#10   Report Post  
Old 27-06-2003, 07:27 PM
zookeeper
 
Posts: n/a
Default Bio-balls vrs Springflo vrs Bio-fill

BenignVanilla wrote:
I don't have a bio-filter per se, as I am using a VF, but I plan to add one
eventually. I have started saving the straps from boxes of paper from
Staples, 6 pack rings, the locking rings from milk containers, etc. I
figure, when I am ready to build the bio filter, I'll have plenty of media
ready.


A true honest-to-goodness PORG -- I did the same thing, only I started
gathering the plastic media even before we moved into the house with a
pond. My DH thought I was a little "ditzy" but when I used some of my
"found" filtering material in a biowheel aquarium filter and it worked,
he stopped wondering about having me treated for my "funny" obsession.

Be careful with the 6 pack rings though - they become brittle from
exposure to heat and cold, found one in my front flower bed that
disintegrated when I tried to pick it up -- *&#@!)@ little pieces.
--
Kathy B



  #11   Report Post  
Old 27-06-2003, 07:28 PM
zookeeper
 
Posts: n/a
Default Bio-balls vrs Springflo vrs Bio-fill

BenignVanilla wrote:
I don't have a bio-filter per se, as I am using a VF, but I plan to add one
eventually. I have started saving the straps from boxes of paper from
Staples, 6 pack rings, the locking rings from milk containers, etc. I
figure, when I am ready to build the bio filter, I'll have plenty of media
ready.


A true honest-to-goodness PORG -- I did the same thing, only I started
gathering the plastic media even before we moved into the house with a
pond. My DH thought I was a little "ditzy" but when I used some of my
"found" filtering material in a biowheel aquarium filter and it worked,
he stopped wondering about having me treated for my "funny" obsession.

Be careful with the 6 pack rings though - they become brittle from
exposure to heat and cold, found one in my front flower bed that
disintegrated when I tried to pick it up -- *&#@!)@ little pieces.
--
Kathy B

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Old 28-06-2003, 12:44 AM
John Hines
 
Posts: n/a
Default Bio-balls vrs Springflo vrs Bio-fill

"BenignVanilla" m
wrote:

"John Hines" wrote in message
.. .
PlainBill wrote:

I'm finding the media (floor scrubber pads) in my new filter isn't
working nearly as well as I hoped. Looking over the various types of
media, I've identified three products that seem to have the
characteristics I would like, and the costs seem to be roughly the
same. In each case, it would appear that it will cost $50-60 for
enough to give me sufficient surface area. (I don't have the tools to
make the PVC ribbon myself, or that would be the media of choice).


Look in the Yellow (business) pages, under packaging distributors, and
see if you can find a distributor of plastic banding. It is very common,
used by lots of companies, available everywhere.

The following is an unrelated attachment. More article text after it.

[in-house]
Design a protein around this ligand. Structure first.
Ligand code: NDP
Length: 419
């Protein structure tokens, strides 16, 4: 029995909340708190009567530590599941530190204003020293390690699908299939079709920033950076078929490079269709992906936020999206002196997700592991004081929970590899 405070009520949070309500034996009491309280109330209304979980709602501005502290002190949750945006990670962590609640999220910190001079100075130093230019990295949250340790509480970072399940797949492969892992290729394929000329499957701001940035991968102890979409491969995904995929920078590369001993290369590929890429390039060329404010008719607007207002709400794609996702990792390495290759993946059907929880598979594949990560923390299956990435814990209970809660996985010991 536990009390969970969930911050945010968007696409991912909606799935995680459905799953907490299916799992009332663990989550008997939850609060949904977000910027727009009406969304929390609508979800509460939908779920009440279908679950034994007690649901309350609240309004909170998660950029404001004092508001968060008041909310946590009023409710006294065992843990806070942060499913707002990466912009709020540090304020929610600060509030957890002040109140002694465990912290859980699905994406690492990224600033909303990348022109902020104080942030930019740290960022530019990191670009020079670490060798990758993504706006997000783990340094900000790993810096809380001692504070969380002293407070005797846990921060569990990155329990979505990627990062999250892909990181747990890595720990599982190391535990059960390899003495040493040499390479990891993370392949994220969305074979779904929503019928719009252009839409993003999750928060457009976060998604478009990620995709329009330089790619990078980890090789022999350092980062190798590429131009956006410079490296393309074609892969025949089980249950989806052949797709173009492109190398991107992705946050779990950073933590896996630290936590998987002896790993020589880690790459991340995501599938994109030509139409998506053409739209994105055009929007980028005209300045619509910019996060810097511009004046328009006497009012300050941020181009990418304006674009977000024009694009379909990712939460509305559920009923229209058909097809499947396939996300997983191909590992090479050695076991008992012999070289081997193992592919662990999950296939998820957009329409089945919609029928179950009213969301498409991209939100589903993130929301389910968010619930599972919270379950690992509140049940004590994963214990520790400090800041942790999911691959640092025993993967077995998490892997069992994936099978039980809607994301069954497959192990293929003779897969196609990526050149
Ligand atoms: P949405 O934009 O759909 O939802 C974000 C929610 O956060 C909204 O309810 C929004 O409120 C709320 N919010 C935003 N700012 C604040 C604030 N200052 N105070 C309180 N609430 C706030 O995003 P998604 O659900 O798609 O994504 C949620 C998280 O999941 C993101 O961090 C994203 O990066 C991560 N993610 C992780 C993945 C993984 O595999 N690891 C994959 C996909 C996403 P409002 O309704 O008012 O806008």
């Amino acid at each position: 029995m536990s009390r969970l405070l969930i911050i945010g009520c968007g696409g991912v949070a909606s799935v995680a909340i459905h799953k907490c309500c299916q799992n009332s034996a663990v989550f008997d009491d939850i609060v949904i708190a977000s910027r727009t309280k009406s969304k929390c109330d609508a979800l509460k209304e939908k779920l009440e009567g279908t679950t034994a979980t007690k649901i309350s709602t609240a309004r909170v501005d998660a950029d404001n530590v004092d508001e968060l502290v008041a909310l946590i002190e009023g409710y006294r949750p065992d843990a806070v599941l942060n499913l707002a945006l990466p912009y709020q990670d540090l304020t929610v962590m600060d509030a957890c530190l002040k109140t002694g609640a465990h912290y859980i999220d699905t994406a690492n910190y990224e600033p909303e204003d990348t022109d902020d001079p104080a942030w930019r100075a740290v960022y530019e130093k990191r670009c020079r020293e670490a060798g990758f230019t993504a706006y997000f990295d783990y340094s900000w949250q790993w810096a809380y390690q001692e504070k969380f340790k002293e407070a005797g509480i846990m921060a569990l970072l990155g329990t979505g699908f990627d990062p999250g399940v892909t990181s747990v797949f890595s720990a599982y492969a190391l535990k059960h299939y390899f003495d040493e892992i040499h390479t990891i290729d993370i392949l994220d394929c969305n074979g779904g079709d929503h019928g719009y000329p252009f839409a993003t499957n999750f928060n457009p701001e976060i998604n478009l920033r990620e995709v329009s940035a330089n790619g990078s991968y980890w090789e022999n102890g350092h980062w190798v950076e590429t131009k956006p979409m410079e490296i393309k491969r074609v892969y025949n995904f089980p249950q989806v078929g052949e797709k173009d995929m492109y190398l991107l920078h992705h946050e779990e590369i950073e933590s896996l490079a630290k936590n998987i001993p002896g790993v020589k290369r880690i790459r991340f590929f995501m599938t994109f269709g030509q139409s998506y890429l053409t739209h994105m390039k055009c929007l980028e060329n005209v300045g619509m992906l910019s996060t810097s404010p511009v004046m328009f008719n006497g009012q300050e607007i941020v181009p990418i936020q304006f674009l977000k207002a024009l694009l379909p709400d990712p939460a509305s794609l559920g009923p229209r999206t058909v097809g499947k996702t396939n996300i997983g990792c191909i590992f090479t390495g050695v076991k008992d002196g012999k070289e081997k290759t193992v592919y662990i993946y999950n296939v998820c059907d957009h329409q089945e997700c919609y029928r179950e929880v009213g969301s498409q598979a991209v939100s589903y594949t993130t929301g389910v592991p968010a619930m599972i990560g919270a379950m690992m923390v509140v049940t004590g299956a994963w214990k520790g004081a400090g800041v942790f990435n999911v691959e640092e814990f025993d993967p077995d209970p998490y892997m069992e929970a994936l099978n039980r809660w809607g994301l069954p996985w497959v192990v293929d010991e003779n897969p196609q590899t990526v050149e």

Get roll or two of what ever size you want.


I don't have a bio-filter per se, as I am using a VF,


I took the liberty of defining a VF as a bio-filter that uses plants as
its bacterial growth medium. After looking at the roots on floating
water plants, and the surface area they have, and resulting bio action,
IMHO (and totally non-scientfic) that accounts for the majority of the
filter action.

The plant nutrient uptake is just an extra benefit.

eventually. I have started saving the straps from boxes of paper from
Staples, 6 pack rings, the locking rings from milk containers, etc.


Yeah, someone who opens up lots of packing boxes, should have a ready
source, go down to the receiving docks (if your company has them) and
check it out.

Again, I think a VF is a version of a bio filter.

A warning though, 6-pack rings are UV degradable.

(can you tell I had a consulting client that made both 6 pack rings, and
plastic strap?)
  #13   Report Post  
Old 30-06-2003, 02:44 PM
BenignVanilla
 
Posts: n/a
Default Bio-balls vrs Springflo vrs Bio-fill

"John Hines" wrote in message
...
snip
Again, I think a VF is a version of a bio filter.


I agree...although it seems like those of us that have VF's refer to them as
VF, and those of us that have buckets full plastic strapping call them bio
filters, so I figured it was safe to generalize. Thanks for clarifying. Your
point is well taken, and anyone that wants to argue need only lift a WH out
of their VF and look at the root mass. *laugh*

A warning though, 6-pack rings are UV degradable.


Thanks.

BV.


  #14   Report Post  
Old 24-07-2003, 01:02 AM
Fish Head
 
Posts: n/a
Default Bio-balls vrs Springflo vrs Bio-fill

On Thu, 26 Jun 2003 21:05:35 -0400, PlainBill
wrote:

I'm finding the media (floor scrubber pads) in my new filter isn't
working nearly as well as I hoped. Looking over the various types of
media, I've identified three products that seem to have the
characteristics I would like, and the costs seem to be roughly the
same. In each case, it would appear that it will cost $50-60 for
enough to give me sufficient surface area. (I don't have the tools to
make the PVC ribbon myself, or that would be the media of choice).

Springflo ribbon media and Bio-fill seem to be similar in concept, but
different materials (PVC vrs Polypropylene/calcium carbonate). It
would appear the big advantage of these is the ease of cleaning. I'm
a little concerned about their durability, however.

Bio-balls on the other hand would appear to be more likely to trap